17 October, 2021

Ministry in Post-Christian England

by | 24 October, 2020 | 1 comment

Leslie sat in the dorm lobby on her Christian college campus thinking about the last question on the get-to-know-you survey she and the rest of the girls in her dorm were completing. Her sophomore year had just begun, and Leslie had been considering where God was leading her. The last question asked, “What is something you have dreamed of doing?” She scribbled her answer in the blank: “missions in Europe.”

Leslie Hall had been learning about the decline of Christianity in Europe, and she wondered what God might be doing there. “I guess God paid attention to what I wrote,” she says. “I spent the next year in England on a study abroad/internship experience in youth ministry.” During that year abroad, Leslie experienced God in ways she had not before. She left with a passion to return and to see the kingdom of God flourish in England.

Steps of Faith

Leslie grew up in Ohio and attended a Catholic school. Her family identified as Christian, but the gospel had little impact on their daily lives. Leslie learned about Jesus and faith in school; the dedicated people she met there sparked an interest in Christianity. In middle school, Leslie began attending youth group with a friend, and eventually she made a decision to follow Christ. She did not know how that decision would change her life.

“Once I was in youth group, following Jesus was really the only thing I cared about.” She hung out with her friends from church and began leading small groups. “Serving and loving the church became the call that God began to plant in my heart,” she says. That naturally led her to attend a Christian college and prepare for ministry.

A few years after graduation, Leslie returned to England, to the town just outside of Oxford where she had worked during her internship. She first served in a church-owned coffee shop designed to reach out to the community. In 2019, she moved to the London area, where she now lives. She works with Greater Europe Mission at a church called St. Albans Fulham.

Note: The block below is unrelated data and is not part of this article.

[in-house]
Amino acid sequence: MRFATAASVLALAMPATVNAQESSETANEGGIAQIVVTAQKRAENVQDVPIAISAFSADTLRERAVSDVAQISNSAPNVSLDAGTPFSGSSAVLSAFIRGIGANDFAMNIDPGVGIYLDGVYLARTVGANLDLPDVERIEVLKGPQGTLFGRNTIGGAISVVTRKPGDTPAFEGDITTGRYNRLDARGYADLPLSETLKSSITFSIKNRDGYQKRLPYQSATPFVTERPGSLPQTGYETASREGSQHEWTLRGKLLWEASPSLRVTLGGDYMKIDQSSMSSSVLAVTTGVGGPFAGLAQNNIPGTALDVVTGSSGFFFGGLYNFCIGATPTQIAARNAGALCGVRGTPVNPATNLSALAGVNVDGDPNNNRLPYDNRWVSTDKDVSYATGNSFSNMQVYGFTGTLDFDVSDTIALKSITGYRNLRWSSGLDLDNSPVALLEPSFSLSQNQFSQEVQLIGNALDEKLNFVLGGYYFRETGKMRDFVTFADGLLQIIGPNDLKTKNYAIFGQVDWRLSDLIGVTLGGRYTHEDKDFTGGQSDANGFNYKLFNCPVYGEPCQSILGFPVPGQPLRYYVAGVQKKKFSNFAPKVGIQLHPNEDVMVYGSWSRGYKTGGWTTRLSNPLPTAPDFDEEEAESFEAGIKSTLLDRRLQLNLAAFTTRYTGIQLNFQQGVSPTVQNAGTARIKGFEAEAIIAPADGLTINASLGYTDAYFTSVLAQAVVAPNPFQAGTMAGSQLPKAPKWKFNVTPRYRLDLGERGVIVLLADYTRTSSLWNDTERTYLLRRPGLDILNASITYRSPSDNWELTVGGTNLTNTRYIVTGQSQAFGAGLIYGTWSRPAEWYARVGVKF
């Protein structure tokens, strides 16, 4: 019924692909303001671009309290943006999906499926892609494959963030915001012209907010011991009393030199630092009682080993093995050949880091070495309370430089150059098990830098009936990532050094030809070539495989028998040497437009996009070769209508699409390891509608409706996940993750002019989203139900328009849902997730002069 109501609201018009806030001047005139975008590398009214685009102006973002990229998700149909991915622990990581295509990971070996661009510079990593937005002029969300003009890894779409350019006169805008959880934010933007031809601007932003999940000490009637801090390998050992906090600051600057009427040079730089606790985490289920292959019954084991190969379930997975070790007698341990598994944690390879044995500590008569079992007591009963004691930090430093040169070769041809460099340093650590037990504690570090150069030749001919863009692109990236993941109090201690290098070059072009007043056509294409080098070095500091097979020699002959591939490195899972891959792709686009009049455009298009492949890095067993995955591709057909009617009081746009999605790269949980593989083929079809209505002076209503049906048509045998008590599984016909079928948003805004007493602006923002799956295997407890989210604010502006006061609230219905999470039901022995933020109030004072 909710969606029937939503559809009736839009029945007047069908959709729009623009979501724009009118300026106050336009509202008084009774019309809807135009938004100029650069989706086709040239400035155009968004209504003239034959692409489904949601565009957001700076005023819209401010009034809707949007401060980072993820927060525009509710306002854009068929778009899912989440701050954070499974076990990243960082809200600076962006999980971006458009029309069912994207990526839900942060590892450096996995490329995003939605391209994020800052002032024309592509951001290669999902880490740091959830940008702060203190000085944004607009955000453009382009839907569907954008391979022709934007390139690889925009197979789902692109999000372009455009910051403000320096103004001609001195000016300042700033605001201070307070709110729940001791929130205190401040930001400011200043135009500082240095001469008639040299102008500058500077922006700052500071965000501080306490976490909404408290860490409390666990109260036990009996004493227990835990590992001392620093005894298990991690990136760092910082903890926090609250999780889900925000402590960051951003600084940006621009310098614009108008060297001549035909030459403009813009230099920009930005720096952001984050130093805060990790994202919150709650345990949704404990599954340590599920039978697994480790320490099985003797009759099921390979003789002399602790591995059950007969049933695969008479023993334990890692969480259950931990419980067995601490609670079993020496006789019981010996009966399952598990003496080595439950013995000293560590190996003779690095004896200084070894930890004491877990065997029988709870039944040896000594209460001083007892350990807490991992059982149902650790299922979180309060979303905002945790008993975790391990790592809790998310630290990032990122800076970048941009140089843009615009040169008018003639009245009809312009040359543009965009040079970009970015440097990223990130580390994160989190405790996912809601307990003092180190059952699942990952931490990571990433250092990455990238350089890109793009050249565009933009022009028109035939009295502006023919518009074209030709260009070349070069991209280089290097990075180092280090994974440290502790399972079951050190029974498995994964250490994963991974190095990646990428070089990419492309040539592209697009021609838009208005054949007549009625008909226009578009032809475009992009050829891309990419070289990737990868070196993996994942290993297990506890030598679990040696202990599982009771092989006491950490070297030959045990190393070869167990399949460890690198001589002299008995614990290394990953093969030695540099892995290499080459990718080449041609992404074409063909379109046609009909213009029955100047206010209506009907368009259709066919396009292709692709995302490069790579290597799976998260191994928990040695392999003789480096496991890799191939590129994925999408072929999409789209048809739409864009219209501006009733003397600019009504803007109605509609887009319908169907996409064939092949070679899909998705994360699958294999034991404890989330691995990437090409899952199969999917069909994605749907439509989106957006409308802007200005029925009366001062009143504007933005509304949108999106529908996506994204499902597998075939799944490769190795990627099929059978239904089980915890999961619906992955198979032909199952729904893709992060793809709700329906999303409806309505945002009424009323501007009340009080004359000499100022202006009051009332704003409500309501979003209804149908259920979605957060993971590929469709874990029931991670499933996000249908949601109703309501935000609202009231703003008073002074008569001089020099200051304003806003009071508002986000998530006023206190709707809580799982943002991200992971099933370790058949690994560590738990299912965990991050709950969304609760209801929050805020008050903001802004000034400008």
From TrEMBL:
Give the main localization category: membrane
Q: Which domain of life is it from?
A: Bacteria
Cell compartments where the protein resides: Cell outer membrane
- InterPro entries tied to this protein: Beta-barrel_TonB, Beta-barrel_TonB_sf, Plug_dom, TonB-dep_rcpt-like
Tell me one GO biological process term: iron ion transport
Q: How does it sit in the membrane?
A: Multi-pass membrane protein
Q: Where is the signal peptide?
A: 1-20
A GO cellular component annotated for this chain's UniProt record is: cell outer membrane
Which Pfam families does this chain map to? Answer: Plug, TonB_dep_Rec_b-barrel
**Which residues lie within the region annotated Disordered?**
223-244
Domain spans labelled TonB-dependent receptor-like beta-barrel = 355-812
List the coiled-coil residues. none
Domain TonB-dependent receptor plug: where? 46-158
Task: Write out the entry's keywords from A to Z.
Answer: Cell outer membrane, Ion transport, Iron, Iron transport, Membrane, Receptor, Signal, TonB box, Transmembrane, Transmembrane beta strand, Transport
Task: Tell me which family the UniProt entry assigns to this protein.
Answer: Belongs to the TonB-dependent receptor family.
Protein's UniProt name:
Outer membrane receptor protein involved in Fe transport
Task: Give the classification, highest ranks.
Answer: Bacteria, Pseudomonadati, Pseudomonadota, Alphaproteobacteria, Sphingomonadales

“I am passionate about seeing people, especially my generation, grow as resilient apprentices of Jesus,” Leslie says. “My ministry is to see the church grow both deep and wide—to see more people come to know freedom in Christ and for followers of Jesus to be deeply shaped by doing what Jesus did, becoming like Jesus, and being with Jesus.” To that end, she structures her ministry practices around spiritual disciplines and spiritual formation.

Leslie uses the term apprentice in her work because, “within the post-Christian context of the UK, apprenticeship is a common experience that many have in a working environment.” The term apprentice is easy to relate to and understand, and it accurately describes the relationship between Jesus and his followers.

Faith in COVID-19 Times

Leslie’s community experienced the impact of the coronavirus pandemic in deep ways. COVID-19 hit London hard, and the community took the lockdown seriously. Most people did not leave their homes for weeks, except to get food and essentials. Many people in the community where Leslie serves were sick with the virus. One person on her street died.

“Our church community went into a wartime mentality to do everything we could to ensure we could serve and care for people in our community.” Leslie’s church moved services online, and they also collected donations of iPads and mobile devices to make sure everyone could stay connected. They delivered copies of sermon notes to those with no internet access.